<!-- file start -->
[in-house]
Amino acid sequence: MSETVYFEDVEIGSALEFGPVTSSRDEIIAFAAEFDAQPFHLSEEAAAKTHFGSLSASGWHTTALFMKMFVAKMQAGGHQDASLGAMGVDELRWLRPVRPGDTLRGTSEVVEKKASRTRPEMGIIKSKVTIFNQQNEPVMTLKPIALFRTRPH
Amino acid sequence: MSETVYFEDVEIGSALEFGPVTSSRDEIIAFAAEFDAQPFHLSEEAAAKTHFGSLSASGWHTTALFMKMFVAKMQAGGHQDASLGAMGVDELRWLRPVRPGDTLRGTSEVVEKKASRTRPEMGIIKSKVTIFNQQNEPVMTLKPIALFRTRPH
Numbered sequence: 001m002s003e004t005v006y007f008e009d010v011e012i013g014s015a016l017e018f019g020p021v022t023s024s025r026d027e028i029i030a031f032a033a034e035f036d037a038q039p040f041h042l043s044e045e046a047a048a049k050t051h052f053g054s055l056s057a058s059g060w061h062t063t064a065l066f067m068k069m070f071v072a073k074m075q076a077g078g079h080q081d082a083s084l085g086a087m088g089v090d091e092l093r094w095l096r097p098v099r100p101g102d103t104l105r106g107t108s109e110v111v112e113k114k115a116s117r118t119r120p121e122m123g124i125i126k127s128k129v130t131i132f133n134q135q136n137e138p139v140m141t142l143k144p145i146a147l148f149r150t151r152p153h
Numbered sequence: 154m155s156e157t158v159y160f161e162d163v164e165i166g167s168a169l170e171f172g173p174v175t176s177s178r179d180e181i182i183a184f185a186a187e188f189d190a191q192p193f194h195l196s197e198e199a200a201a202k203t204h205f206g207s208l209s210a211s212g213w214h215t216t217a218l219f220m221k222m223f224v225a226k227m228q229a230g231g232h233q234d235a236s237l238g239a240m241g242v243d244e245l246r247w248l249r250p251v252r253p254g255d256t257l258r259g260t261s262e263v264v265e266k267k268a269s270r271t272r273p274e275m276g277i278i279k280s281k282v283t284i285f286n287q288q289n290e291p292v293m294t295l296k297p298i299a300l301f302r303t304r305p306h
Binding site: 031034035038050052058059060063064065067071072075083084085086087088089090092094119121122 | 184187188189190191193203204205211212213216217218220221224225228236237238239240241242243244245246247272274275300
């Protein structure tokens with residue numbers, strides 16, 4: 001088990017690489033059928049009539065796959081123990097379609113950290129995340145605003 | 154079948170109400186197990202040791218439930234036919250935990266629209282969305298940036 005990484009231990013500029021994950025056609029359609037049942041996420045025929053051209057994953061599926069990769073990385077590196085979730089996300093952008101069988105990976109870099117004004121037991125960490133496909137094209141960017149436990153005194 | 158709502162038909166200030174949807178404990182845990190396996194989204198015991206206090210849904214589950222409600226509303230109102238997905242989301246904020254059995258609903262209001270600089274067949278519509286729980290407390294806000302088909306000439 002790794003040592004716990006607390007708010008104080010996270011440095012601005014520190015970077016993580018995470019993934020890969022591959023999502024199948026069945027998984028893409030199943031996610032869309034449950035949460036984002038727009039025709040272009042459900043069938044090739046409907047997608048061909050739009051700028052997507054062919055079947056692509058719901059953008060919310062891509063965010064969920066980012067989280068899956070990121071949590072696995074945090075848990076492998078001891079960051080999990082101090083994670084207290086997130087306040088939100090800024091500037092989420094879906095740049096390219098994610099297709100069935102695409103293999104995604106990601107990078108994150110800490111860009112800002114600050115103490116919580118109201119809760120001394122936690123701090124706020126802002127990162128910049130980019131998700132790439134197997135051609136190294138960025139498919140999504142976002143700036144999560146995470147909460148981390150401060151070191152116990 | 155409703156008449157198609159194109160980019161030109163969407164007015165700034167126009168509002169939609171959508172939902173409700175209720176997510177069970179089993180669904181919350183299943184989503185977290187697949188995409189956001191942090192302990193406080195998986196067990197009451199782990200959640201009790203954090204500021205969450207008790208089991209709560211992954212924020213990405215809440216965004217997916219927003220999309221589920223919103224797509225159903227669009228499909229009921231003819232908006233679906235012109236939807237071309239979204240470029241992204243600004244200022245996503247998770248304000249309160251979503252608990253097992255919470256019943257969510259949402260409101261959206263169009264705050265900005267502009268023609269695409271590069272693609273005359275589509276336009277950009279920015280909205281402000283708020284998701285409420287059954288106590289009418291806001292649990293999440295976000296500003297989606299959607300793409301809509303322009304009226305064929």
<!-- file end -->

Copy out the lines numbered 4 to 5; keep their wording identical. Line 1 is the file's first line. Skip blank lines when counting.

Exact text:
Numbered sequence: 001m002s003e004t005v006y007f008e009d010v011e012i013g014s015a016l017e018f019g020p021v022t023s024s025r026d027e028i029i030a031f032a033a034e035f036d037a038q039p040f041h042l043s044e045e046a047a048a049k050t051h052f053g054s055l056s057a058s059g060w061h062t063t064a065l066f067m068k069m070f071v072a073k074m075q076a077g078g079h080q081d082a083s084l085g086a087m088g089v090d091e092l093r094w095l096r097p098v099r100p101g102d103t104l105r106g107t108s109e110v111v112e113k114k115a116s117r118t119r120p121e122m123g124i125i126k127s128k129v130t131i132f133n134q135q136n137e138p139v140m141t142l143k144p145i146a147l148f149r150t151r152p153h
Numbered sequence: 154m155s156e157t158v159y160f161e162d163v164e165i166g167s168a169l170e171f172g173p174v175t176s177s178r179d180e181i182i183a184f185a186a187e188f189d190a191q192p193f194h195l196s197e198e199a200a201a202k203t204h205f206g207s208l209s210a211s212g213w214h215t216t217a218l219f220m221k222m223f224v225a226k227m228q229a230g231g232h233q234d235a236s237l238g239a240m241g242v243d244e245l246r247w248l249r250p251v252r253p254g255d256t257l258r259g260t261s262e263v264v265e266k267k268a269s270r271t272r273p274e275m276g277i278i279k280s281k282v283t284i285f286n287q288q289n290e291p292v293m294t295l296k297p298i299a300l301f302r303t304r305p306h